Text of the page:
USA v. Brumley

Filing 920070109

Opinion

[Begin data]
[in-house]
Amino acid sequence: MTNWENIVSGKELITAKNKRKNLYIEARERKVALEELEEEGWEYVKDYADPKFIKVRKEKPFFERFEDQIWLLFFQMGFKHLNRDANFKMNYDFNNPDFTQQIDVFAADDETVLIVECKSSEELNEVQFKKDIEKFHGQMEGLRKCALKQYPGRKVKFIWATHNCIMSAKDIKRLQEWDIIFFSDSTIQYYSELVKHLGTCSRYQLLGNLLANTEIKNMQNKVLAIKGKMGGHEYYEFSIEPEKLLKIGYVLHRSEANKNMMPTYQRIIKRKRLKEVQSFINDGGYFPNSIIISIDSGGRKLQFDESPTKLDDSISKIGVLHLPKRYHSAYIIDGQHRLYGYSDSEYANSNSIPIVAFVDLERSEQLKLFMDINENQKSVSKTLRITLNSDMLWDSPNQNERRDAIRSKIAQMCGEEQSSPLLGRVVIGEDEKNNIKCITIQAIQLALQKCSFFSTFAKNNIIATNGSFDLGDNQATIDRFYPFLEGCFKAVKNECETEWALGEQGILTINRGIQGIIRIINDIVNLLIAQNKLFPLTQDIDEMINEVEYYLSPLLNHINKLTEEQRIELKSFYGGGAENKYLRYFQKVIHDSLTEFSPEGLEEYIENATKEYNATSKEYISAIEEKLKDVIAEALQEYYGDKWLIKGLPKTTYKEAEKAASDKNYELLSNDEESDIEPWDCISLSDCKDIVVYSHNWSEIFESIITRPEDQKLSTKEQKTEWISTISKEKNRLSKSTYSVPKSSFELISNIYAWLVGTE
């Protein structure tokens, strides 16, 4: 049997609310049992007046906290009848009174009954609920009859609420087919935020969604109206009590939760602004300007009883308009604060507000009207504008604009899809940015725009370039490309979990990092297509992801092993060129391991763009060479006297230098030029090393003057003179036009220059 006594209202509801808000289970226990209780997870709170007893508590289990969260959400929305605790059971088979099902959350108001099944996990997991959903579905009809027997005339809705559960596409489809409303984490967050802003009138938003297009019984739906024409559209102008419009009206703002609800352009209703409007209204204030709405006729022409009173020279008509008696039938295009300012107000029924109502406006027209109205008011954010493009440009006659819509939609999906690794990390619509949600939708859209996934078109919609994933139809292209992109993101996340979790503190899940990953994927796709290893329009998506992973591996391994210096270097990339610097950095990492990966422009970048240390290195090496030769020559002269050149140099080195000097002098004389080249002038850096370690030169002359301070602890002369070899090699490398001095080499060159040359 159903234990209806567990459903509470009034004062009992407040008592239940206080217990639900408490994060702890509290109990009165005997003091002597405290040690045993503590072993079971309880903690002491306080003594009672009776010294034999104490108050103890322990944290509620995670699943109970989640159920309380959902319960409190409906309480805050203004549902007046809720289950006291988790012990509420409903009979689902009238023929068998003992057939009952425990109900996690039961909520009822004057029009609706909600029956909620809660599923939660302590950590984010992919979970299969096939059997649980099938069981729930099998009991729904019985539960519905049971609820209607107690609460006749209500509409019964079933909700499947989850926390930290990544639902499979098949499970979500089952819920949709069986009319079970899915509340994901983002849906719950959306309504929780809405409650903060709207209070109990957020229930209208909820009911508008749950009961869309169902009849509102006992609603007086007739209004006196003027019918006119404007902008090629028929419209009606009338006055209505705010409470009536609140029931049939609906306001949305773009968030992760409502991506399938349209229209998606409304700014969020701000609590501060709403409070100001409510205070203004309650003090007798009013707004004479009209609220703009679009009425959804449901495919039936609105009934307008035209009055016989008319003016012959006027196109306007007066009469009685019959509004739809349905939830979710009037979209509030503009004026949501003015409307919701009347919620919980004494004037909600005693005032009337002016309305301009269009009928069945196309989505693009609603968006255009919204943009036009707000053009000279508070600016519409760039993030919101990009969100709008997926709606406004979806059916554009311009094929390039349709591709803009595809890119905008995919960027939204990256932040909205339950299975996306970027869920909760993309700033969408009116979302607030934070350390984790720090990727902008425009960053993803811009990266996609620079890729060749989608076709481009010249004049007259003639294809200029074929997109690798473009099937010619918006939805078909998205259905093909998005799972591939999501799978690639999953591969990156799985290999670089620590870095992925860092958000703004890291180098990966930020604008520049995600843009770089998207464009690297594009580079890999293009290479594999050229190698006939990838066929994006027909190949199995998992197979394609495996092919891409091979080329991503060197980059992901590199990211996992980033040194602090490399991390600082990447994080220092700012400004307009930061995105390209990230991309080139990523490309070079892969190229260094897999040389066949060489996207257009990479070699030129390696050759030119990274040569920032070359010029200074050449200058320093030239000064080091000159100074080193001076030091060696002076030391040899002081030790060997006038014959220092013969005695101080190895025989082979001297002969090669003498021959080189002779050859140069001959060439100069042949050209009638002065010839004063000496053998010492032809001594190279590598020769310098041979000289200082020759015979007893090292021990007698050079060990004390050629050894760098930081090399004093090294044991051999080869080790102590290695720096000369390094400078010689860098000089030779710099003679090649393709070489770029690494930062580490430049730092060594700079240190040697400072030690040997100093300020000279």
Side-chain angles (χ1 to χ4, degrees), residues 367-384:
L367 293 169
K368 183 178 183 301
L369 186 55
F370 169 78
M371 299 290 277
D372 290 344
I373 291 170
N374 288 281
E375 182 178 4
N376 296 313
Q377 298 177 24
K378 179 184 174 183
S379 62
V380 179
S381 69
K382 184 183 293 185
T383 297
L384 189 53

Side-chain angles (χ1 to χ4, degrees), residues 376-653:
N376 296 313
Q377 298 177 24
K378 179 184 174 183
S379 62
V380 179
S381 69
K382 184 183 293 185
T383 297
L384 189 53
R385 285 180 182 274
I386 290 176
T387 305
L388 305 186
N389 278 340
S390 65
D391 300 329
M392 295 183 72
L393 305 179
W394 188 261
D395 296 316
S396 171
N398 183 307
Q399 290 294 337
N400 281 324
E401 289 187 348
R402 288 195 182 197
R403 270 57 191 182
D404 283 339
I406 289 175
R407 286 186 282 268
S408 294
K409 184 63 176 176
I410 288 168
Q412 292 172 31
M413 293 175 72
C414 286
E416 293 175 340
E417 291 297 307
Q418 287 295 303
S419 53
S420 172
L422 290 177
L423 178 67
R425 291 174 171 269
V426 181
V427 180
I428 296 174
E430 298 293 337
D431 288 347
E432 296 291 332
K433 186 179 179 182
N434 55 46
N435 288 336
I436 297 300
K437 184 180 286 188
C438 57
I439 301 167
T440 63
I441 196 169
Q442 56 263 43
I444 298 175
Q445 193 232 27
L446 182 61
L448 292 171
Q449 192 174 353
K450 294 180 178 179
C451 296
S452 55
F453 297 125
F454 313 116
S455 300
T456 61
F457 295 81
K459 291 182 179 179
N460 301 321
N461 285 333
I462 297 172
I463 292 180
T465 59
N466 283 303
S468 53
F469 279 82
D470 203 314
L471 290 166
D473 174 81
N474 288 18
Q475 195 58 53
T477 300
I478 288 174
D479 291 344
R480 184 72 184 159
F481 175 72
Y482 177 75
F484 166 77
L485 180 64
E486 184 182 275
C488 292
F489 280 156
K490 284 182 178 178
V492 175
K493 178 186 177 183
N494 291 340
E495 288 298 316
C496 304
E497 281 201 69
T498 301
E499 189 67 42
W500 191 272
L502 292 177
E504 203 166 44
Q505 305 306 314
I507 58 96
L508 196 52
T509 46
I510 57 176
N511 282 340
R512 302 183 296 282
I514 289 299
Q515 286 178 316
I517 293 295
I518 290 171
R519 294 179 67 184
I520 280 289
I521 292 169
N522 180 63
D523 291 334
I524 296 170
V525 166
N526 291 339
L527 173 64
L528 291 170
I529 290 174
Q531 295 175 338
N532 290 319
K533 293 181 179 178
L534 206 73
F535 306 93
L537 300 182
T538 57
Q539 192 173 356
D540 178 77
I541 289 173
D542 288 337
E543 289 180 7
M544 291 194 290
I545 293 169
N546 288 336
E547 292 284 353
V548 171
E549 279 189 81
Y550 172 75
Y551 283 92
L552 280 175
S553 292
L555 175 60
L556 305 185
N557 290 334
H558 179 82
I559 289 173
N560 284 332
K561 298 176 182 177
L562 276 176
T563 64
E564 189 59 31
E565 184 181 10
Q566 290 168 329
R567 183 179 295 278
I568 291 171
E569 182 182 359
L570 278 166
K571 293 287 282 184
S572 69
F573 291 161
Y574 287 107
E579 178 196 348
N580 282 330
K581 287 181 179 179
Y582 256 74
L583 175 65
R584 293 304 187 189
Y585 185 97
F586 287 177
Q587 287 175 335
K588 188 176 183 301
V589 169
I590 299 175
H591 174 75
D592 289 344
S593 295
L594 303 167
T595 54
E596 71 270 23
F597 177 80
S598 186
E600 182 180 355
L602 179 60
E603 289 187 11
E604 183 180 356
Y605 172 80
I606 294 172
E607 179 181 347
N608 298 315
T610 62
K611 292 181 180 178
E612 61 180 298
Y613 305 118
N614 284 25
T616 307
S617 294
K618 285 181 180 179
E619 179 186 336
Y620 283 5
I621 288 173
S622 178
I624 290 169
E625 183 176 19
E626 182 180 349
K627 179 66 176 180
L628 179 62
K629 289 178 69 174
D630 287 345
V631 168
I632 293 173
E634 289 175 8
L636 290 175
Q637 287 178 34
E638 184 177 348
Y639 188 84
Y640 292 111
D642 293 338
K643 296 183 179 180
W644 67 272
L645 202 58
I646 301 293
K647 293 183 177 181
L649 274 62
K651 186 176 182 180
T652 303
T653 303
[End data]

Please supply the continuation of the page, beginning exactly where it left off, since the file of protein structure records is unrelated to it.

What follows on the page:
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NOT RECOMMENDED FOR FULL-TEXT PUBLICATION File Name: 07a0034n.06 Filed: January 9, 2007 No. 05-6747 UNITED STATES COURT OF APPEALS FOR THE SIXTH CIRCUIT UNITED STATES OF AMERICA, Plaintiff-Appellee, v. JIMMY GENE BRUMLEY, Defendant-Appellant. ) ) ) ) ) ) ) ) ) ON APPEAL FROM THE UNITED STATES DISTRICT COURT FOR THE WESTERN DISTRICT OF TENNESSEE BEFORE: MOORE and CLAY, Circuit Judges; BELL, District Judge.* BELL, District Judge. Defendant-Appellant Jimmy Brumley entered a plea of guilty to two counts of possession with intent to distribute a controlled substance in violation of 21 U.S.C. 841(a)(1), and was sentenced as a career offender to 144 months in prison. On appeal, Brumley asserts that his sentence was unreasonable because it was greater than necessary to comply with the sentencing mandates of 18 U.S.C. 3553 and because it was based upon prior criminal convictions that were neither proved beyond a reasonable doubt The Honorable Robert Holmes Bell, Chief United States District Judge for the Western District of Michigan, sitting by designation. * No. 05-6747 U.S. v. Brumley 2 nor admitted to by the defendant. For the reasons set forth in this opinion we affirm the sentence imposed by the district court. I. Brumley was on supervised release when he was arrested and indicted on one count of possession with intent to distribute hydromorphone (Dilaudid), a Schedule II controlled substance, and one count of possession with intent to distribute dihydrocodeinone (Vicodin), a Schedule III controlled substance, in violation of 21 U.S.C. 841(a)(1). Brumley pleaded guilty to both counts of the indictment. The base offense level for these offenses was eight. However, because Brumley had two prior felony controlled substance convictions, he was classified as a career offender, which raised his offense level to thirty-two. See U.S.S.G. 4B1.1. After an adjustment for acceptance of responsibility, his guideline imprisonment range was 151-188 months. At sentencing Brumley requested the court to fashion a sentence substantially below the guideline range that would take into consideration his drug addiction, the age of his prior drug convictions, his lack of education and his steady work history. Brumley suggested that a sentence of no more than 60 months would be adequate to punish this offense conduct and enable him to address his drug problem. The district court sentenced Brumley to 144 months in prison. II. A district court is required to impose a sentence "sufficient, but not greater than necessary," to comply with the purposes of 18 U.S.C. 3553(a)(2). United States v. No. 05-6747 U.S. v. Brumley 3 Foreman, 436 F.3d 638, 640 (6th Cir. 2006). On appeal, we review a sentence for "reasonableness." United States v. Johnson, 467 F.3d 559, 563 (6th Cir. 2006) (quoting United States v. Jones, 399 F.3d 640, 650 (6th Cir. 2005)). "[T]his Court's reasonableness review focuses on the factors listed in 18 U.S.C. 3553(a), one of which is the Sentencing Guidelines themselves." United States v. Duckro, 466 F.3d 438, 442 (6th Cir. 2006) (citing United States v. McBride, 434 F.3d 470, 476 (6th Cir. 2006)). "This reasonableness inquiry has both a procedural and a substantive component, requiring review of both the procedures used and factors considered in determining the sentence and the punishment itself." United States v. Dexta, --F.3d -- , 2006 WL 3589790, *2 (6th Cir. 2006) (citing United States v. Webb, 403 F.3d 373, 383 (6th Cir. 2005)). Brumley contends that his sentence was substantively unreasonable because of the wide disparity between the guideline range for his offense of conviction and the sentence he received as a career offender. Based upon the quantity of drugs in his possession, the guideline range for the offense of conviction was 12-18 months. As a career offender he faced a guideline range of 151-188 months. Although the district court sentenced Brumley to 144 months, which was below the guideline range, Brumley nevertheless contends that the sentence was unreasonable because it was twelve times the length of the advisory guideline sentence for the offense of conviction. A sentence that is within the advisory guideline range is entitled to a presumption of reasonableness. United States v. Ely, 468 F.3d 399, 404 (6th Cir. 2006). Brumley's sentence was not within the guideline range. However, because it was below the guideline range, and No. 05-6747 U.S. v. Brumley 4 because we are considering a challenge to the sentence by Brumley rather than by the government, his sentence is entitled to the presumption of reasonableness. Thus, although the sentence enhancement for Brumley's career offender status greatly increased his guideline range, a sentence within or below that range was presumptively reasonable. "This rebuttable presumption does not relieve the sentencing court of its obligation to explain to the parties and the reviewing court its reasons for imposing a particular sentence." United States v. Richardson, 437 F.3d 550, 554 (6th Cir. 2006). "[T]he record must still reflect that the district court considered the relevant sentencing factors provided in section 3553(a)." Ely, 468 F.3d at 404 (citing Foreman, 436 F.3d at 644). A district court must provide adequate articulation of its reasoning for imposing a particular sentence in order to allow for meaningful appellate review. Richardson, 437 F.3d at 553-54. The district court is not required to engage in a ritualistic incantation of the 3553(a) factors, but its opinion should be "sufficiently detailed to reflect the considerations listed in 3553(a)." McBride, 434 F.3d at 474. Brumley's sentencing transcript confirms that the district court did not rely solely on the sentencing guidelines in arriving at Brumley's sentence. In addition to the guideline range the district court considered the nature and circumstances of the offense and the history and characteristics of the defendant, including Brumley's history of multiple drug trafficking convictions, the fact that Brumley committed this offense while he was on supervision, and Brumley's urgent need for drug counseling. 18 U.S.C. 3553(a)(1). The district court discussed the serious nature of the offense for which Brumley was convicted, as evidenced No. 05-6747 U.S. v. Brumley 5 by the potential harm that distribution causes to others and the high maximum penalty set by Congress. Id. at 3553(a)(2)(A). The district court also discussed Brumley's need for drug counseling, the need to deter others from similar conduct, the need to protect the public, the kinds of sentences available, and the need to avoid unwarranted sentence disparity between Brumley and other career offenders. 3553(a)(6). Brumley concedes that the district court did go through a detailed analysis of each of the factors in 3553(a) as it related to the defendant, his crime, and his history. (Appellant's Br. at 13-14.) He nevertheless contends that the procedural concerns of reasonableness have not been met because the district court failed to analyze how the term he arrived at would further the objectives of 3553. (Appellant's Br. at 14). Brumley notes that the district court rejected Brumley's suggestion that a sentence of no more than 60 months would be adequate to punish the offense conduct in this case, but gave no rationale for its imposition of the 144 month sentence in its stead. We have stated that "[w]here a defendant raises a particular argument in seeking a lower sentence, the record must reflect both that the district judge considered the defendant's argument and that the judge explained the basis for rejecting it." Richardson, 437 F.3d at 554. This statement requires the district court to address the defendant's arguments Id. at 3553(a)(2)(B) & (C), 3553(a)(3), & regarding factors that warrant a shorter sentence. It does not, however, require the district court to respond to every request for a specific term of incarceration. A defendant's "mere allegation that the sentence imposed is greater than necessary to achieve the goals of No. 05-6747 U.S. v. Brumley 6 punishment outlined in 3553(a) is insufficient to rebut the presumption of reasonableness," and the fact that the district court did not give a defendant the more lenient sentence he requested does not justify setting his sentence aside. Dexta, 2006 WL 3589790, *3. In sentencing Brumley, the district court addressed the 3553(a) factors and explained the need for a long sentence. The district court responded to the sentencing factors Brumley raised, including his criminal history and his serious substance abuse problem. The district court recommended that Brumley be placed in an institution where he could participate in a long-term drug treatment program. The district court recognized that it was not bound by the guideline range and imposed a sentence below the applicable range. The district court's articulation of its reasoning for imposing the particular sentence was adequate to allow for meaningful appellate review. We find that the district court's sentence was both procedurally and substantively reasonable. III. Brumley's second challenge to his sentence is based upon his contention that the district court erred in sentencing him as a career offender because his prior criminal convictions had neither been proven beyond a reasonable doubt nor admitted to by the defendant. Brumley recognizes that this Court has rejected this proposition, but wishes to preserve this assignment of error in the event of a later change in the law from the Supreme Court. It is well settled in this Circuit that Apprendi v. New Jersey, 530 U.S. 466 (2000), does not require the nature of prior convictions to be determined by a jury. United States v. No. 05-6747 U.S. v. Brumley 7 Townsend, -- F.3d --, 2006 WL 3311285, *6 (6th Cir. 2006). See also United States v. Beasley, 442 F.3d 386, 391 (6th Cir. 2006) ("[T]he Supreme Court has uniformly excepted `the fact of a prior conviction' from its general rule that sentence-enhancing facts must be found by a jury and proved beyond a reasonable doubt."); Richardson, 437 F.3d at 555 ("[C]ontrolling law, both before and after Booker, counsels that a judge can make factual findings about a defendant's prior convictions without implicating the Sixth Amendment."); United States v. Barnett, 398 F.3d 516, 525 (6th Cir. 2005) ("Apprendi does not require the nature or character of prior convictions to be determined by a jury."). We are not in a position to overturn this controlling precedent. See United States v. Jackson, 466 F.3d 537, 540 (6th Cir. 2006). III. For the foregoing reasons, we AFFIRM the sentence imposed by the district court.